Medicaid Reform After Trumpcare Failed to Pass

Will block grants and per capita limits hurt Medicaid?

Healthcare reform has been the focus of recent political debate. Will the GOP repeal the Affordable Care Act (ACA), aka Obamacare, or will Republicans find other ways to pull back on its policies? After the American Health Care Act (ACHA)/Better Care Reconciliation Act, aka Trumpcare, failed to pass 2017, it seemed that attempts to end Obamacare were on hold.

In December 2018, a federal court judge in Texas declared the ACA unconstitutional based on the fact that the individual mandate, a tax for those who did not sign up for health care, was eliminated by the GOP in 2017. Now, President Trump has made repealing the ACA in its entirety a key issue. On June 26, the administration and the states seeking the repeal filed a brief with the Supreme Court.

Hopefully, if the ACA falls, a more thoughtful and comprehensive healthcare plan will be presented on behalf of the American people. What would such a plan include for Medicaid, the healthcare program that treats the poor and disabled?

Nurse holding an older person's hand
Barabasa / iStockphoto

How the Federal Government Pays for Medicaid

Medicaid is a program managed by both federal and state governments. The federal government sets the standards for who and what must be covered, and each state decides whether or not to add additional services to its program. They cannot offer less. As for funding, federal and state governments jointly contribute to their respective Medicaid programs.

To understand the potential changes coming our way, we need to understand how the federal government-funded Medicaid at the start of the Trump administration.

All states receive federal funding through three sources.

  • Disproportionate Share Hospital (DSH) payments: With reimbursements for Medicaid notoriously low, hospitals that care for a disproportionately high number of people on Medicare or for the uninsured could struggle financially. DSH payments are paid to the states for distribution to hospitals in need.
  • Federal Medical Assistance Percentages (FMAP): The federal government matches state spending on Medicaid dollar for dollar and offers higher rates in states that have lower per capita incomes.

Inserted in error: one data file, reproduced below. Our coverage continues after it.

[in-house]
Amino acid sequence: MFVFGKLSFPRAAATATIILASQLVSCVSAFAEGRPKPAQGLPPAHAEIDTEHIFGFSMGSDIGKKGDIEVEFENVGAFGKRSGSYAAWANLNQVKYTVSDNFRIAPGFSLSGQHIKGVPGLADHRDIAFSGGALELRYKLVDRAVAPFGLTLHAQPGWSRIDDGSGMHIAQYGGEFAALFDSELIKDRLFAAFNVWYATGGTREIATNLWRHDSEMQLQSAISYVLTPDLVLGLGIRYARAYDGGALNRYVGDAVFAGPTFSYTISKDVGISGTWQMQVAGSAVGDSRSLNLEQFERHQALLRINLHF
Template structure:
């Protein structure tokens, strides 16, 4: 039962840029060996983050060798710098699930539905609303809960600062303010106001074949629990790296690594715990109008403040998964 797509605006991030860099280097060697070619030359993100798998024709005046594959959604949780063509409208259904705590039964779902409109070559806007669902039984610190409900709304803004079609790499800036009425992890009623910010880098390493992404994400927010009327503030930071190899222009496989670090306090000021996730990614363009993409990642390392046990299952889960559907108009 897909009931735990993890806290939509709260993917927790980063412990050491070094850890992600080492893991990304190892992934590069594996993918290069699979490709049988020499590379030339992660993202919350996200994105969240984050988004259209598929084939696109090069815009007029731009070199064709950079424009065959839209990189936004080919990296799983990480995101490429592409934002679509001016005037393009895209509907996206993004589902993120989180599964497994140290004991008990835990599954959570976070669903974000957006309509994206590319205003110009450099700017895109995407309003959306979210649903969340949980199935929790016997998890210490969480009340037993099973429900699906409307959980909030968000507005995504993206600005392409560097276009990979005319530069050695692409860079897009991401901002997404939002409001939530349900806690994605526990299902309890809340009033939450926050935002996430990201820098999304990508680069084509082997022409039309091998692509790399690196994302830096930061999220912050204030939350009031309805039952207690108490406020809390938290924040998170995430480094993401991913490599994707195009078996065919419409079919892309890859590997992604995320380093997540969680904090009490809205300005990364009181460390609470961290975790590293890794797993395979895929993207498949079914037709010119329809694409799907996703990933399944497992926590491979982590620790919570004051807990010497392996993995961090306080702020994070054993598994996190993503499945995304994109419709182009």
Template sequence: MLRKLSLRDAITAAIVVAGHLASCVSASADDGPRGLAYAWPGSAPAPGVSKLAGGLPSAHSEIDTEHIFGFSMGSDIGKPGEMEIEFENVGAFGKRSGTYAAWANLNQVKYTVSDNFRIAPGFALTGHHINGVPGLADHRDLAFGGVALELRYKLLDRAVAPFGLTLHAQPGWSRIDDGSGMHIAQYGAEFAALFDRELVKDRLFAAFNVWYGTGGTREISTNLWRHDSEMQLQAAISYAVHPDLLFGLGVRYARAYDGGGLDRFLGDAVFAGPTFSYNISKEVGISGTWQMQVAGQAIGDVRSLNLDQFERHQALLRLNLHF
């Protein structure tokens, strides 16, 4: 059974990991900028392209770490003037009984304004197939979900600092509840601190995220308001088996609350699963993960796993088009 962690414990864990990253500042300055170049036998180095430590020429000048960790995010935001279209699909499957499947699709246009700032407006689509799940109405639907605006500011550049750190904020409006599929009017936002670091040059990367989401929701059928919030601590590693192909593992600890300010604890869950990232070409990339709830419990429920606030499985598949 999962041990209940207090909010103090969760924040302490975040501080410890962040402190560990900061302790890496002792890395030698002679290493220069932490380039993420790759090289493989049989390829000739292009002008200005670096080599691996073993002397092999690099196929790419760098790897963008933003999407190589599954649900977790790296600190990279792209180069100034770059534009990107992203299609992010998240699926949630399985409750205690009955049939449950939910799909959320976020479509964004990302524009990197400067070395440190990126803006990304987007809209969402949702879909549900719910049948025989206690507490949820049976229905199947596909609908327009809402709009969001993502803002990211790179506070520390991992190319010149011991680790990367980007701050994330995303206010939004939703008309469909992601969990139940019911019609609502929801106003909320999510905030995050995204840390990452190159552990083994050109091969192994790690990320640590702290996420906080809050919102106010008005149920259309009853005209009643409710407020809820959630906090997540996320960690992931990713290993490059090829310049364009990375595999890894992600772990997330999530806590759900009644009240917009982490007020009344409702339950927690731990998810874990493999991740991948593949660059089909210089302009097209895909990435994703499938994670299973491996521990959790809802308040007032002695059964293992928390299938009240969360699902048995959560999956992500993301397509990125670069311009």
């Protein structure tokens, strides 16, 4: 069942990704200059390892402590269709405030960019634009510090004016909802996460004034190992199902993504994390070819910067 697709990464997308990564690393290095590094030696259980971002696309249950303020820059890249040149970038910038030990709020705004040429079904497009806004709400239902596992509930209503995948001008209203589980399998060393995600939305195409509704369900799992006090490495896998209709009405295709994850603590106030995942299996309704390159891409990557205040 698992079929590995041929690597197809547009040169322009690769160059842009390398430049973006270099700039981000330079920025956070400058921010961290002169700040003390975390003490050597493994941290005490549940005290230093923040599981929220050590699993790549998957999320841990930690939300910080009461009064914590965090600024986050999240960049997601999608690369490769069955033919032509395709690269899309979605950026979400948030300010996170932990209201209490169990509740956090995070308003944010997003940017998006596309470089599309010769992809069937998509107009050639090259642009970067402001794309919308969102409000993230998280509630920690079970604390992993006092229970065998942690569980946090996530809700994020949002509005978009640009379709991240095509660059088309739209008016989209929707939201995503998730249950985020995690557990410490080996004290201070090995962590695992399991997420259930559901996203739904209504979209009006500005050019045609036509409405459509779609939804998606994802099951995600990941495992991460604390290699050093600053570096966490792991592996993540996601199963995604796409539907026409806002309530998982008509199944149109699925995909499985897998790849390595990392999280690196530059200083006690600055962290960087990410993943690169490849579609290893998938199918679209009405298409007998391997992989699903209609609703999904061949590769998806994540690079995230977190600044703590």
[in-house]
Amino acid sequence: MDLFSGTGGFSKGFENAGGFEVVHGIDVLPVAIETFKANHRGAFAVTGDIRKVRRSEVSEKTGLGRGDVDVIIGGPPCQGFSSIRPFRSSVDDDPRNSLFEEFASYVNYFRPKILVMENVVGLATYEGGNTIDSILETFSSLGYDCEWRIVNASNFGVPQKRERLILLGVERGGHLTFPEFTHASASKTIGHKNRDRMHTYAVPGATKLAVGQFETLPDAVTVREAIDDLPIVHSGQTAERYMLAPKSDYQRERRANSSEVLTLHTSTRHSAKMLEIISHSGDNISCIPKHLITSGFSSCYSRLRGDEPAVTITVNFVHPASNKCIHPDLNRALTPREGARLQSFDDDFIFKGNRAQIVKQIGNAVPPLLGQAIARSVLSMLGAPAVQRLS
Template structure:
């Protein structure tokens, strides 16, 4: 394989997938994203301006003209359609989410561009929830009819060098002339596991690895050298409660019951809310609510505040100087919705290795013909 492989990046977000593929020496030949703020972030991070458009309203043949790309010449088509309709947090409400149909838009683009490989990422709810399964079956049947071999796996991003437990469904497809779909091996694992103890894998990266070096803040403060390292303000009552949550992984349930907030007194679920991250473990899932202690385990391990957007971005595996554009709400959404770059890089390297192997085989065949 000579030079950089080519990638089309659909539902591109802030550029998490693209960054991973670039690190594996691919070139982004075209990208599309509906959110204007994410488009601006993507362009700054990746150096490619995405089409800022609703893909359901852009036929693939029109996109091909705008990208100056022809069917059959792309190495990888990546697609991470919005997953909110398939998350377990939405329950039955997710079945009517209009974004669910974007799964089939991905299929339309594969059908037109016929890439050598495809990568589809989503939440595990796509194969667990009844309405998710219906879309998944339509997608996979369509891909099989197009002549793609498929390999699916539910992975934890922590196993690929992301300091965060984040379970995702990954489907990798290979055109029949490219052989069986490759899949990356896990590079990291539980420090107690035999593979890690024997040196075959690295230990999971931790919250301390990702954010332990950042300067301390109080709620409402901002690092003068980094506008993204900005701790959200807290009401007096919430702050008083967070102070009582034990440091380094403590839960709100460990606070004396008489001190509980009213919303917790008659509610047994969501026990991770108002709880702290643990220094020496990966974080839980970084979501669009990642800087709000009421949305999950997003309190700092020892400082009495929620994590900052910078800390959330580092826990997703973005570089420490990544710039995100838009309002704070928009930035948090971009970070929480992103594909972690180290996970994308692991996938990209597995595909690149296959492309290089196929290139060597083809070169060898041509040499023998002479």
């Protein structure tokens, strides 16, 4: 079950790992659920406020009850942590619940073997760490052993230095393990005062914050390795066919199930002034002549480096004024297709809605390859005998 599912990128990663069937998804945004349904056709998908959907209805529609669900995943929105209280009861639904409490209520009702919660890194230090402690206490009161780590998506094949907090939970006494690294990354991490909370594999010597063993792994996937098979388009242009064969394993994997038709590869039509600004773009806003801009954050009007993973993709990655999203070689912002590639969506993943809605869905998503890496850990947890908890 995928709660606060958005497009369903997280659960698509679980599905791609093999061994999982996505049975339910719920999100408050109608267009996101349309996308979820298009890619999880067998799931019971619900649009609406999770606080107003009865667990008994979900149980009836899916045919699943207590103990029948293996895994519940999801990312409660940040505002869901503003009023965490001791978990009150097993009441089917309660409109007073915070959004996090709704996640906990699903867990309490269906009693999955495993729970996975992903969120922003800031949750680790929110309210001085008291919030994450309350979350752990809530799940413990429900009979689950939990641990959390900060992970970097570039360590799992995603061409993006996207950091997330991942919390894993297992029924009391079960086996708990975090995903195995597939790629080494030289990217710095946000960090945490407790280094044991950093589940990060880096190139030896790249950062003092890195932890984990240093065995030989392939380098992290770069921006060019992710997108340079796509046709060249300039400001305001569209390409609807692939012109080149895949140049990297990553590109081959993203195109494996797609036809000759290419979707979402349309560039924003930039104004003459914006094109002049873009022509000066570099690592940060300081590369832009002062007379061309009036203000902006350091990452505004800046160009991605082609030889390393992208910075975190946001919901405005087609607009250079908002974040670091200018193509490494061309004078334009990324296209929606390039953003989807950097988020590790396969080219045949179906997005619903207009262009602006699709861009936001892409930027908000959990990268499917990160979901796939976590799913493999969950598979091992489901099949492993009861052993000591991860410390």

• Enhanced Medical Assistance Percentages (eFMAP): The federal government pays above and beyond FMAP rates for certain services including but not limited to breast and cervical cancer treatment, family planning, home health services, and preventive screening for adults.

The question was always whether these methods of federal support would continue under President Trump or if will they be replaced with an alternative funding model.

Federal Funding for Medicaid Expansion

Medicare expansion took effect in 2014 and was a major component of the Affordable Care Act. It changed the income limits that would qualify people for Medicaid and allowed single people without children to be eligible if they met those income limits. It also required expansion states to cover substance abuse treatments.

The federal poverty level (FPL), defined every year, depends on whether you are an individual or in a family, and also on the size of your family. States set Medicaid eligibility based on percentages of the FPL. Obamacare increases the income eligibility criteria for Medicaid to 133% of FPL for states that chose to participate, while states that deferred Medicaid expansion could keep eligibility criteria at the previous rate, 44% of FPL. Non-participating states could continue to exclude childless adults from coverage.

Naturally, this affected federal funding for the program. States with Medicaid expansion received additional federal dollars to assist them, up to 100% of expansion costs through 2016 and then 90% of those costs through 2022.

Proposed Funding Changes for Medicaid

Trumpcare included many provisions that cut funding for Medicaid. The plans favored by Republicans grossly undercut Medicaid expansion.

According to the most recent statistics, Medicaid spending exceeded $597 billion in 2018, a rise from $571 billion in 2017. With that number on the rise, Republicans are looking for a way to cut down on that spending. The two main proposals for Medicaid reform are a transition to per capita limits or block grants. They were included as part of the proposed FY 2020 budget. Although the budget did not pass, it is important to understand how the proposal would work.

Per capita limits are a fixed amount of money that would be paid to a state each year. The value is based on how many people are in the Medicaid program. This would allow the federal dollar amount to increase in subsequent years if more people qualified for and were enrolled in the program. Per capita limits on Medicaid were proposed with the initial draft of the American Health Care Act.